Performance Studies (Canada) Speaker Series looks at disability arts in upcoming talk, workshop
A talk and workshop on research-creation work within the field of disability arts will be the focus of the next instalment of the Performance Studies (Canada) Speaker Series presented by the Graduate Program in Theatre & Performance Studies at York University and the Performance Studies (Canada) Project.
In the 2016-17 series, all events have been organized around the theme of “Access/Excess: Choreographies of Difference.” These events are part of the Department of Theatre’s year-long exploration of disability and performance. Inspired by conversations at the local and national levels, our goal is to work closely with members of the disability arts community to challenge traditionally “ableist” modes of making theatre and to “crip” our studios, classrooms and stages.
The upcoming events feature Lindsay Eales, a PhD candidate in the Faculty of Physical Education & Recreation at the University of Alberta, who studies disability, madness and dance; and Danielle Peers, an assistant professor in the Faculty of Physical Education & Recreation at the University of Alberta, who studies the barriers to, dangers of, and opportunities for flourishing through disability movement practices and communities – including parasport, inclusive recreation and dance.
Event details include:
Lecture: Lindsay Eales and Danielle Peers, “Maddening Research, Cripping Creation”
When: Thursday March 9, 10 to 11:30am
Where: Room 209, Accolade East Building, York University
Description: It’s all in my pretty little head. Imaginary. Like an invisible friend. Or intelligence. Or an aneurysm. I take my pills, like a good girl. Greyness lifts and numbness sets in. My throat swells. There once was a woman who swallowed a fly. I don’t know why she swallowed the fly. Perhaps she’ll die.
What could be more natural than breath: the delimiting marker of life and death? We are moved through inspiration and stilled in expiration. We are taught to breath organically: lungs and diaphragms; projected voice; projected independence.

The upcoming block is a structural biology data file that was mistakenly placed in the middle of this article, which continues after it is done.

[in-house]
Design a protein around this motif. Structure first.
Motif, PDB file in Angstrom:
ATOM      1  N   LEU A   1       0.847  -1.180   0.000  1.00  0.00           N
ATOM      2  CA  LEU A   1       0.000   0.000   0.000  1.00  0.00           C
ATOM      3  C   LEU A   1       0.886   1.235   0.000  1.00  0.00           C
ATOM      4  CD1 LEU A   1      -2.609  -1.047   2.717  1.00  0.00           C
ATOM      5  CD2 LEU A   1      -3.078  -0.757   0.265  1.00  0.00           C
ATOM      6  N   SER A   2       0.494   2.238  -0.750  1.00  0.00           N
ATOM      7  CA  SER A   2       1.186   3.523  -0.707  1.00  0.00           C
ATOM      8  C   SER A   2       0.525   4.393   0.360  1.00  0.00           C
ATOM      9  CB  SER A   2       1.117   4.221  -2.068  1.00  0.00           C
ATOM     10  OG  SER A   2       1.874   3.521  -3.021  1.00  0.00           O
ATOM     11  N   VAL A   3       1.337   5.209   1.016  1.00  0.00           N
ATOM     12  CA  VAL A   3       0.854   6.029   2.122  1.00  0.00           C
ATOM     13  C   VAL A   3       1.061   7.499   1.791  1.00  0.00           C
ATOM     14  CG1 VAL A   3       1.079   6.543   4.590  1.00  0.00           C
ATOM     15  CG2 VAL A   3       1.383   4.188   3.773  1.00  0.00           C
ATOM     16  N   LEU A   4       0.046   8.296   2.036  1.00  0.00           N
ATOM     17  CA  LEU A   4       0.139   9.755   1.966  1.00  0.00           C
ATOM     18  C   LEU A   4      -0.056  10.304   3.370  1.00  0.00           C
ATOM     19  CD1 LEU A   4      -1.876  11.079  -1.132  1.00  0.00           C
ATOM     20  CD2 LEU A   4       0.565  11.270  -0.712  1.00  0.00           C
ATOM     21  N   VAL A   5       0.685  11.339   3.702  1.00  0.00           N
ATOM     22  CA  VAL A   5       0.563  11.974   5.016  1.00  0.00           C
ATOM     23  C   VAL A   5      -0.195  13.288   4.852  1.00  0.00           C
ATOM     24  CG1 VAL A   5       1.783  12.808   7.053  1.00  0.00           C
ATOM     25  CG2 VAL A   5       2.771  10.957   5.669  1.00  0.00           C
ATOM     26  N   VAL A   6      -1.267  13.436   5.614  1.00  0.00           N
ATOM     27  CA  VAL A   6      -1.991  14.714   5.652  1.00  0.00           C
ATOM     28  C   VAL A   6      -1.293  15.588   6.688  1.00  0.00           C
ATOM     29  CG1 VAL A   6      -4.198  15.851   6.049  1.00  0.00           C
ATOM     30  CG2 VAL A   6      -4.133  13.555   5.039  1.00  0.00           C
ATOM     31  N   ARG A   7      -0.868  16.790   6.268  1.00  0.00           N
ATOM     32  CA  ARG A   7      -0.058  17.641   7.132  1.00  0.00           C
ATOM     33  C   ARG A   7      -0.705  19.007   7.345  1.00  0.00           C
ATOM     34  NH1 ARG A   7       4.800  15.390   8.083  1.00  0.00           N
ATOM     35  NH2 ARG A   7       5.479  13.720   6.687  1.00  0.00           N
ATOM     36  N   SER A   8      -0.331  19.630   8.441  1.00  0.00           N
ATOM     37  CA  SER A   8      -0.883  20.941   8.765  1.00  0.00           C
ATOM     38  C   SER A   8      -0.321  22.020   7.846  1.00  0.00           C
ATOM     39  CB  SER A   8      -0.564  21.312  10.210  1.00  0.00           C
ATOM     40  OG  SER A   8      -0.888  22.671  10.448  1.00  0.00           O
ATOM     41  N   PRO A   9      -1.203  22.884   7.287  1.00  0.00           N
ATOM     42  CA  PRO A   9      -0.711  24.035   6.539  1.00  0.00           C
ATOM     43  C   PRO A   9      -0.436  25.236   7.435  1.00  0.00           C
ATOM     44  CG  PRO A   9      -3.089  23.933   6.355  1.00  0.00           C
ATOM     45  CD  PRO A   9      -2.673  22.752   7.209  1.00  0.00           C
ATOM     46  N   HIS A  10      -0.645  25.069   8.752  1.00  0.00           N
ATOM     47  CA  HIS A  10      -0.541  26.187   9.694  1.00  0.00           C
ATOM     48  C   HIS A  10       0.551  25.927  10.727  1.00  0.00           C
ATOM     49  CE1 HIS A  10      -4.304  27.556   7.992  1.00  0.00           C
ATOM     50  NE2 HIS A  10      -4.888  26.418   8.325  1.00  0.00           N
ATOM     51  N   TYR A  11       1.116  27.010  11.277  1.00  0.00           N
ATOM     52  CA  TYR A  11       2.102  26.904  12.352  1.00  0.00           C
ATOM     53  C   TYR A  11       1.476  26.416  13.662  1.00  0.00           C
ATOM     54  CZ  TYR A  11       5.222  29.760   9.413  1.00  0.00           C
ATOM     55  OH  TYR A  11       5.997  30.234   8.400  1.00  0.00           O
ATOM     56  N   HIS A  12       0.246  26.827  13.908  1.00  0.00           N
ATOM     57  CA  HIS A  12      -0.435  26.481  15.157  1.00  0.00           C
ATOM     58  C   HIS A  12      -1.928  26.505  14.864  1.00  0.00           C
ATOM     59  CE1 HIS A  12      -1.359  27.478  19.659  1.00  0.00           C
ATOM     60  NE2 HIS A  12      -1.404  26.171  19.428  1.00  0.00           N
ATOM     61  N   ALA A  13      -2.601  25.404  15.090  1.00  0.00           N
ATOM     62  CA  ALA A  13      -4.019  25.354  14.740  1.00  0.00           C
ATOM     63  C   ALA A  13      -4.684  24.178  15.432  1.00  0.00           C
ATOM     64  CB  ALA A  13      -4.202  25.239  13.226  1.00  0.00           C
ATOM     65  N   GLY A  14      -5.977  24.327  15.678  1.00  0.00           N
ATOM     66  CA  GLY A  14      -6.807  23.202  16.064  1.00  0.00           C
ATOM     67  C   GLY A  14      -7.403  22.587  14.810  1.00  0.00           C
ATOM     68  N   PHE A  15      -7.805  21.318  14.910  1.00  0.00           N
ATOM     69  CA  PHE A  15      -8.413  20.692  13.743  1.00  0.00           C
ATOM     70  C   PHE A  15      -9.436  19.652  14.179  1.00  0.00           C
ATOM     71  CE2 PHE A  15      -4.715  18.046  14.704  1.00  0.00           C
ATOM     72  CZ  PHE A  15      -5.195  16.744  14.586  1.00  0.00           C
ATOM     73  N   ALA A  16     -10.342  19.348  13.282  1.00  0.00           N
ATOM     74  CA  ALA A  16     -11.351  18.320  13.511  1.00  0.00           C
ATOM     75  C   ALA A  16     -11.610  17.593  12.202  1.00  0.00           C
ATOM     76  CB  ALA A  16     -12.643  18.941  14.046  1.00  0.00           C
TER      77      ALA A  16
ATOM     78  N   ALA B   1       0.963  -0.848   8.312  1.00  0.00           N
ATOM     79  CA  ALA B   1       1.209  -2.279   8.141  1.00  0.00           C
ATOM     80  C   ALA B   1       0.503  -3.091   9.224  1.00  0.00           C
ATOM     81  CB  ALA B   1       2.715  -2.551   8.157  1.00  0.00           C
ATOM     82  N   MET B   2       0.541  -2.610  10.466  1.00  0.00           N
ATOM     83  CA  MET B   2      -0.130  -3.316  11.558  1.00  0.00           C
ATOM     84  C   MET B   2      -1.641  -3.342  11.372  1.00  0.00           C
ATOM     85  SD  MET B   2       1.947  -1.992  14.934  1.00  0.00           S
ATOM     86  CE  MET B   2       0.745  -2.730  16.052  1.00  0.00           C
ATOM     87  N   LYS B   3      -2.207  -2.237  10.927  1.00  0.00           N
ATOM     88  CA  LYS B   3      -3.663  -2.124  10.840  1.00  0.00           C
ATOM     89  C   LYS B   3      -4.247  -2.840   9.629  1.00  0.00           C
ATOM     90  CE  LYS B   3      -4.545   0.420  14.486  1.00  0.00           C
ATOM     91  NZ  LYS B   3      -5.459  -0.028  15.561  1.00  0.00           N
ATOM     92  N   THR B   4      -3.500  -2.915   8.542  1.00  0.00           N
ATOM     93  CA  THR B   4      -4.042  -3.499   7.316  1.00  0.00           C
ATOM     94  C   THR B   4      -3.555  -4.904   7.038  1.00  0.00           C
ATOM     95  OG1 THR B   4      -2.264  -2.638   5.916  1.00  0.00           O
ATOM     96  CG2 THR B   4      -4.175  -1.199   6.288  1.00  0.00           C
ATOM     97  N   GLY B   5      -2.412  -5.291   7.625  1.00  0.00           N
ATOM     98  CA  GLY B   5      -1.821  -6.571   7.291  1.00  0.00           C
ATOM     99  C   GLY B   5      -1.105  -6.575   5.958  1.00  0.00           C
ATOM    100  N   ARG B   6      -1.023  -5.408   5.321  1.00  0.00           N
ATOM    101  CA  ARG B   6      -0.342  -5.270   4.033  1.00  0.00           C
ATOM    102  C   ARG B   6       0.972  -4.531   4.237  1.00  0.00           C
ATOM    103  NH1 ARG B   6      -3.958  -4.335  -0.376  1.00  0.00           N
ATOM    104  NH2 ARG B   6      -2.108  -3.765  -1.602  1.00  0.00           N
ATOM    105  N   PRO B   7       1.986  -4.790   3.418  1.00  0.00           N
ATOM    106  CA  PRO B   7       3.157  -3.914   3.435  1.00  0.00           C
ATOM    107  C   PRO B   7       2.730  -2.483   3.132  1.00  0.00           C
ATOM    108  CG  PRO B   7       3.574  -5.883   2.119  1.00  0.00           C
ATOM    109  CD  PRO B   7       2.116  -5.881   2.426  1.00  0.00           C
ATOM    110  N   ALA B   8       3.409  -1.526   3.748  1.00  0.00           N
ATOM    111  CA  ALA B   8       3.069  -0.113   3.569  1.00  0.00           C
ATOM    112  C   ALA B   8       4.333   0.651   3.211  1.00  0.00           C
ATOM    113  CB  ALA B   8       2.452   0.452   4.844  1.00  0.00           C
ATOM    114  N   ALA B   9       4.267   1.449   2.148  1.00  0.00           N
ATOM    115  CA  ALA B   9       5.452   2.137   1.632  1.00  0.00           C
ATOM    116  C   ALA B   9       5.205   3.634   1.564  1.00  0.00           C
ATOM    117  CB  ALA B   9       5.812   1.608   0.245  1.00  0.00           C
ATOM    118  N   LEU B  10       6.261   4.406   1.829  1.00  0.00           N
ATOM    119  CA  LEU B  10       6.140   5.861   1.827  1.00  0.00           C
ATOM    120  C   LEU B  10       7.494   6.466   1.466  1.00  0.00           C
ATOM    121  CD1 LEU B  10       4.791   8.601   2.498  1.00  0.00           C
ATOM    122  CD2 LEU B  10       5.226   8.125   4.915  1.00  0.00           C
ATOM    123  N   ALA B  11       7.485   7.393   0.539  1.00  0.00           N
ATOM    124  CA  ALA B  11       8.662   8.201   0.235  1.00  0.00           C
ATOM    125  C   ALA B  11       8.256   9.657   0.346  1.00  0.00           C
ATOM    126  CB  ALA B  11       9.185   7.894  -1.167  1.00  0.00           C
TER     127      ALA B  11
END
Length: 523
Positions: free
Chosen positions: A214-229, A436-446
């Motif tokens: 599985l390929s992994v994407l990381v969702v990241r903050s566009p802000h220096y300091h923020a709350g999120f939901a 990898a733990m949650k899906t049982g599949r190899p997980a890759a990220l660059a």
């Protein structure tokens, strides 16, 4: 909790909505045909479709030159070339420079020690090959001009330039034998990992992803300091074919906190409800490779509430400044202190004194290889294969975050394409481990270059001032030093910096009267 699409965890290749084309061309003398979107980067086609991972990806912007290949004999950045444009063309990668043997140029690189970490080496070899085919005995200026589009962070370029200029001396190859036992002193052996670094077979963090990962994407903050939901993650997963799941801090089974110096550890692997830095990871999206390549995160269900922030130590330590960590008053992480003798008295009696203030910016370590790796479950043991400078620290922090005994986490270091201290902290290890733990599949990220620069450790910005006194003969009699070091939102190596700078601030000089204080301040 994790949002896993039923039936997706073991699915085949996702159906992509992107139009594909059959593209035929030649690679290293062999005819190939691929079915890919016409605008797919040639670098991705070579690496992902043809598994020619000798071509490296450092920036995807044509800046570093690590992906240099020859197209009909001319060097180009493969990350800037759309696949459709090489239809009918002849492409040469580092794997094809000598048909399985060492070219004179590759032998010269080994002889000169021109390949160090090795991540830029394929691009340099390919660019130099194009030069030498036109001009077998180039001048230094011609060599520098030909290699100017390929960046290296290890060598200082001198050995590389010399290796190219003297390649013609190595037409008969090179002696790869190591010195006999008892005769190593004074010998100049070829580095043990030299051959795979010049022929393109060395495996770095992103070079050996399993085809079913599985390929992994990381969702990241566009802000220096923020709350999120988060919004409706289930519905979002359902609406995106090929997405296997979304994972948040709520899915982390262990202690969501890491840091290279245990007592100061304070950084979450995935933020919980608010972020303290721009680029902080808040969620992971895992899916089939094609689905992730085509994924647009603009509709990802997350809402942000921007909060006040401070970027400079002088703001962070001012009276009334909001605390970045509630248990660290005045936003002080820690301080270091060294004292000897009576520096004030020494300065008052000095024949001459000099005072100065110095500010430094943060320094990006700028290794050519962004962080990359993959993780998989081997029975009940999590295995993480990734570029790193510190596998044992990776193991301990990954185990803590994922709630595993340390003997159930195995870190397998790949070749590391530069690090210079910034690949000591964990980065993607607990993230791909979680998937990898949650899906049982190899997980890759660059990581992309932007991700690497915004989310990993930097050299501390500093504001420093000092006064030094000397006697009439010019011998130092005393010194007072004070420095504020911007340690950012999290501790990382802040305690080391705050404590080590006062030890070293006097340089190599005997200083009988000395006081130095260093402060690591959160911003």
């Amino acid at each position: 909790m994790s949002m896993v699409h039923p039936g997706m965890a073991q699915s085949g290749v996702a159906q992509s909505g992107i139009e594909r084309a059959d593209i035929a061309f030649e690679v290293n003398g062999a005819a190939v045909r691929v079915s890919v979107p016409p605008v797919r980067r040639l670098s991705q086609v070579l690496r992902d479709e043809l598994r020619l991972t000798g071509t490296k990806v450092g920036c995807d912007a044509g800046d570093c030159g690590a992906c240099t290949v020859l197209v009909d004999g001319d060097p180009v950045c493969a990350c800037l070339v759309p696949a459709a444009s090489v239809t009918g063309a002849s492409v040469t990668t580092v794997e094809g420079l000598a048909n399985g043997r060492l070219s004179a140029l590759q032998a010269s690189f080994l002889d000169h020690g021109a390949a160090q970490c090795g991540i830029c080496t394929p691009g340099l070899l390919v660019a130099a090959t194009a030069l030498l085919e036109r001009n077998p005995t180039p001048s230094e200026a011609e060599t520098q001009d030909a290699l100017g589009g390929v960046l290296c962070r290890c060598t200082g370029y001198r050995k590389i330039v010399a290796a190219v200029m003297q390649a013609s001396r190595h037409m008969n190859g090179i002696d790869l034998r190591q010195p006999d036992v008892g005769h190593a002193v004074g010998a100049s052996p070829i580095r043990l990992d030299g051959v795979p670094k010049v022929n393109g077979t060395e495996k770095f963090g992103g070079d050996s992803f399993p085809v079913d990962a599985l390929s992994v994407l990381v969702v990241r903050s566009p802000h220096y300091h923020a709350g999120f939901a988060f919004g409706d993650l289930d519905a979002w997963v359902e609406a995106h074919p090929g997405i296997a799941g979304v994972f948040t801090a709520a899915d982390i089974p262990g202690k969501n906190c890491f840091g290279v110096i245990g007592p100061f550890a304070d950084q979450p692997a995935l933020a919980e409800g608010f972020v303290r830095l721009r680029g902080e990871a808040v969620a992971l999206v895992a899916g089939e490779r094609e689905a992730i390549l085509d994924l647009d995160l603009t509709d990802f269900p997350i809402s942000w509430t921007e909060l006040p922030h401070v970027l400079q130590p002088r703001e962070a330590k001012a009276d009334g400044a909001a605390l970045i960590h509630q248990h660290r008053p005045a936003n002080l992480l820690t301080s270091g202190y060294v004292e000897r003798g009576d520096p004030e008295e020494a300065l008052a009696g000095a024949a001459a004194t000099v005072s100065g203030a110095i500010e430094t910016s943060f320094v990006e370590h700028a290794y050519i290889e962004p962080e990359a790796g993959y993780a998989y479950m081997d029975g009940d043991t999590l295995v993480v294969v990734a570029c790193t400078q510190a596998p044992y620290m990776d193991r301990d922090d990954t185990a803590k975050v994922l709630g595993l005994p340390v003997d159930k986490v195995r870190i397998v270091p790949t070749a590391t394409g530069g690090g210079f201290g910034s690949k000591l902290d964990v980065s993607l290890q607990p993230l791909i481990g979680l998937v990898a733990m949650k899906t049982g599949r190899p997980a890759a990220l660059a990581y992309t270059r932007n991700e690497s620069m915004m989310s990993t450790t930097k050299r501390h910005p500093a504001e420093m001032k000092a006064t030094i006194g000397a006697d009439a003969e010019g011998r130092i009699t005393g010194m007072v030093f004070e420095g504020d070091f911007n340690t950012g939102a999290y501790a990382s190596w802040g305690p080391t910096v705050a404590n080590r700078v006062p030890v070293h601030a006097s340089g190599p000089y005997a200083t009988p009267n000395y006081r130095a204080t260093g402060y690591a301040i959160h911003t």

As the breath slows, falters, it leans upon new muscles and bones, machines and bodies, theories and possibilities. Illness. The generativity of shifting needs.
An ex-Paralympian-turned-sick filmmaker and a Mad-biped-choreographer entwine in movement and thought. We offer (dis)jointed research-creation musings: weaving theory, spoken word, dance, and film, then pulling at the seams. We explore care-sharing, community-based knowledge generation, c(r)amp aesthetics, maddening research, and cripping creation.
This event is free and open to the public. ASL interpretation will be provided.
This lecture is also presented as the keynote event in the AMPD Grad Research-Creation Salon, “What is Practice Research?,” running from 10am to 2:30pm. It is a public research salon that brings together graduate students and postdoctoral researchers to share the methods they are using in their practice-based research. It will include a research-creation roundtable, a catered reception and an AMPD research-creation speed dating event. For more information about this event, email email@example.com.
Performance Workshop: Lindsay Eales and Danielle Peers, “Moving with Crip and Mad Community”
When: Friday March 10, 11:30am to 1:30pm
Where: Room 209, Accolade East Building, York University